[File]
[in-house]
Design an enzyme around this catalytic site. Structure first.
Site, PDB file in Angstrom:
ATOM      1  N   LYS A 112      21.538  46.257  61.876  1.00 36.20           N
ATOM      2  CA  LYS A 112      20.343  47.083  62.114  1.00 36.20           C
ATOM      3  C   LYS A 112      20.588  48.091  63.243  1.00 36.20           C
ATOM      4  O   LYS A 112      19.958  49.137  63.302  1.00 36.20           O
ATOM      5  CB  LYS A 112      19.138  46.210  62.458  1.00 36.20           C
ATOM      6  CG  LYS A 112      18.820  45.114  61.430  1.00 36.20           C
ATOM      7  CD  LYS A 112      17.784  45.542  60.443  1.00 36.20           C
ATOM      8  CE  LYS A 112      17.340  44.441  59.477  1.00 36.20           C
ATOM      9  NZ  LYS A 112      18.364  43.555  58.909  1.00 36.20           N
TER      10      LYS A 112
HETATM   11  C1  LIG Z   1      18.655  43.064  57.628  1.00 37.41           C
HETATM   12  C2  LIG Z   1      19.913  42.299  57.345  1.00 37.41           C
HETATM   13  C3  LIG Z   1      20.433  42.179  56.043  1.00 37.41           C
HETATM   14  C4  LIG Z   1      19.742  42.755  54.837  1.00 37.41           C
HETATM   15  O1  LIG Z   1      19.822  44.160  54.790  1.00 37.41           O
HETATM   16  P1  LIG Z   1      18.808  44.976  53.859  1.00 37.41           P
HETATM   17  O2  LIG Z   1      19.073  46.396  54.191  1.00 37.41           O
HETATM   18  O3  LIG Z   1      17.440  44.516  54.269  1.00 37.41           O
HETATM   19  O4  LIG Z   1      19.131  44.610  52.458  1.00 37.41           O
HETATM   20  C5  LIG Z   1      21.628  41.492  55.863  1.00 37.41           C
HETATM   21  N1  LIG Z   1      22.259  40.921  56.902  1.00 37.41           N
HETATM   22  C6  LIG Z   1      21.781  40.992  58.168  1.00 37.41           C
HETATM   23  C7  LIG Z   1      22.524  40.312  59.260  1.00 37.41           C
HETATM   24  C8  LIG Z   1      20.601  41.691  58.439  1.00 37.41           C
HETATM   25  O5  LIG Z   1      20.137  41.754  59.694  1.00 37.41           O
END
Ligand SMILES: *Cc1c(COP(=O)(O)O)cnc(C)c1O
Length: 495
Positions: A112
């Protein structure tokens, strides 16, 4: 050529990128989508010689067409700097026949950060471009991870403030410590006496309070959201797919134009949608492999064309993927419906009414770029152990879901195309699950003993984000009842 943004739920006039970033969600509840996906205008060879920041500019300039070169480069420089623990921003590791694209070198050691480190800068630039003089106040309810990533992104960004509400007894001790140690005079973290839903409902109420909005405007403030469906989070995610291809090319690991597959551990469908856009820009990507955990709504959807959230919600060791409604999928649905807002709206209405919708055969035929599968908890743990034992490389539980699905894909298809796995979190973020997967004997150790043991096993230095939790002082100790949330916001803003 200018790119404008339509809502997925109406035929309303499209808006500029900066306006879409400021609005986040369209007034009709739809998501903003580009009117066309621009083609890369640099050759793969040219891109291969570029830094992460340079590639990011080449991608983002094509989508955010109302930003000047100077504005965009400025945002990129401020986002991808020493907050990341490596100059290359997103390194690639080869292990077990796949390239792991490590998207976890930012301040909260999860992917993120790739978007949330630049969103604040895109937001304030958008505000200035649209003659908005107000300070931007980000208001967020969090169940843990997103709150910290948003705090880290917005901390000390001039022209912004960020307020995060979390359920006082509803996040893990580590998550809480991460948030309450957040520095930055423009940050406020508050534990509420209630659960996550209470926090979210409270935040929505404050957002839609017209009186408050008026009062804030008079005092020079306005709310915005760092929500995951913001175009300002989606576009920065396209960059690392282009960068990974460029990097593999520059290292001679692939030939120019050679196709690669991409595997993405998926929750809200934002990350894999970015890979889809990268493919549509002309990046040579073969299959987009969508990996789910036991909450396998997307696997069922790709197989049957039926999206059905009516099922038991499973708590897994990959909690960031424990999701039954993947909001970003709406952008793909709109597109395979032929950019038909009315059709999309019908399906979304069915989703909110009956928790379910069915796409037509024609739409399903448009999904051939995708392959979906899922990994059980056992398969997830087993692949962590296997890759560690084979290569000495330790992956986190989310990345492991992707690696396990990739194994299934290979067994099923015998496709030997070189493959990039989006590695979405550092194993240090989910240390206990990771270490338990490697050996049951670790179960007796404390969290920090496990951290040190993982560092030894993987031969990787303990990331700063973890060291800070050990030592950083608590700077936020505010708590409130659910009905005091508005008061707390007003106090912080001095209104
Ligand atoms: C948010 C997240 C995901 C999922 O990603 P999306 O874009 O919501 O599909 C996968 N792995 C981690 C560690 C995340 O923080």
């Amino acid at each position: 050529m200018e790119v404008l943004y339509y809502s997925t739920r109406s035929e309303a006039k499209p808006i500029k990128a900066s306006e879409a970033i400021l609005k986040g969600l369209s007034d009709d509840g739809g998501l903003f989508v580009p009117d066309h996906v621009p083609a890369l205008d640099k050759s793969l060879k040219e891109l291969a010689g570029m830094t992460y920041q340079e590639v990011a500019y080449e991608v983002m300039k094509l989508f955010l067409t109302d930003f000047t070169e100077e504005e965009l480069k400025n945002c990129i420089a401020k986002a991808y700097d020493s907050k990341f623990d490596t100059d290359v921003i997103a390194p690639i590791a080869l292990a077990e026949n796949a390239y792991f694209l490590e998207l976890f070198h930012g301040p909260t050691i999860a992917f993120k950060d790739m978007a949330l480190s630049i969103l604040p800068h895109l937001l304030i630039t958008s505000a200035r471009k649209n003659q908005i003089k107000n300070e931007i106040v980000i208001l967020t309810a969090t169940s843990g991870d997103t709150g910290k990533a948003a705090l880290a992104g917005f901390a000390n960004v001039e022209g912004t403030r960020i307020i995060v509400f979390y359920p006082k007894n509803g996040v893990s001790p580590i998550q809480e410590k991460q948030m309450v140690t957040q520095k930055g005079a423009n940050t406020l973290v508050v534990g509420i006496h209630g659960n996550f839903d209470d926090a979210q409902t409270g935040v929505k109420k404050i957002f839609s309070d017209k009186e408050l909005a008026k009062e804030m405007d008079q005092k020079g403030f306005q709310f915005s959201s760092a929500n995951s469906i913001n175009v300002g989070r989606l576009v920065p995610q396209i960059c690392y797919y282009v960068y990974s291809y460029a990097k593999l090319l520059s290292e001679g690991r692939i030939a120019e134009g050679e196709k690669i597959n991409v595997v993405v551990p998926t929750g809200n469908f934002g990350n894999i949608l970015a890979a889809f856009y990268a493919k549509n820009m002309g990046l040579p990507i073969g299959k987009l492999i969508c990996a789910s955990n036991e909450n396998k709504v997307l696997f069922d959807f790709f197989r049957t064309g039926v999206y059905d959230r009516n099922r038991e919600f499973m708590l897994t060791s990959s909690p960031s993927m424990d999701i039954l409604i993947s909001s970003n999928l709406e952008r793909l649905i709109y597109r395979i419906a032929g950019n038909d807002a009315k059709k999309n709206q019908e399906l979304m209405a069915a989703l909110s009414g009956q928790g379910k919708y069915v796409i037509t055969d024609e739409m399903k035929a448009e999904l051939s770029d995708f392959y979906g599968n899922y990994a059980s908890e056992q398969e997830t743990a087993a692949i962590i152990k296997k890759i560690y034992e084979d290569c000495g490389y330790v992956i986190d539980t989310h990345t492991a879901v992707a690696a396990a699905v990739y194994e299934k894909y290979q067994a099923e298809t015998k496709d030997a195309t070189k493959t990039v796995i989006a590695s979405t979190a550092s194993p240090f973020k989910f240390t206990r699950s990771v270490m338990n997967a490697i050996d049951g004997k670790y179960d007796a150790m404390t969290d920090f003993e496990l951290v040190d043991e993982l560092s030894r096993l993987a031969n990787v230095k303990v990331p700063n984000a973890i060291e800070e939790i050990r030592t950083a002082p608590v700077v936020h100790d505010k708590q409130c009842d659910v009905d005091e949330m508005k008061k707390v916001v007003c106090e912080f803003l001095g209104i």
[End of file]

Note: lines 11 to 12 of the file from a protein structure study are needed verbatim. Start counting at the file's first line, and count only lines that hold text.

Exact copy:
ATOM      8  CE  LYS A 112      17.340  44.441  59.477  1.00 36.20           C
ATOM      9  NZ  LYS A 112      18.364  43.555  58.909  1.00 36.20           N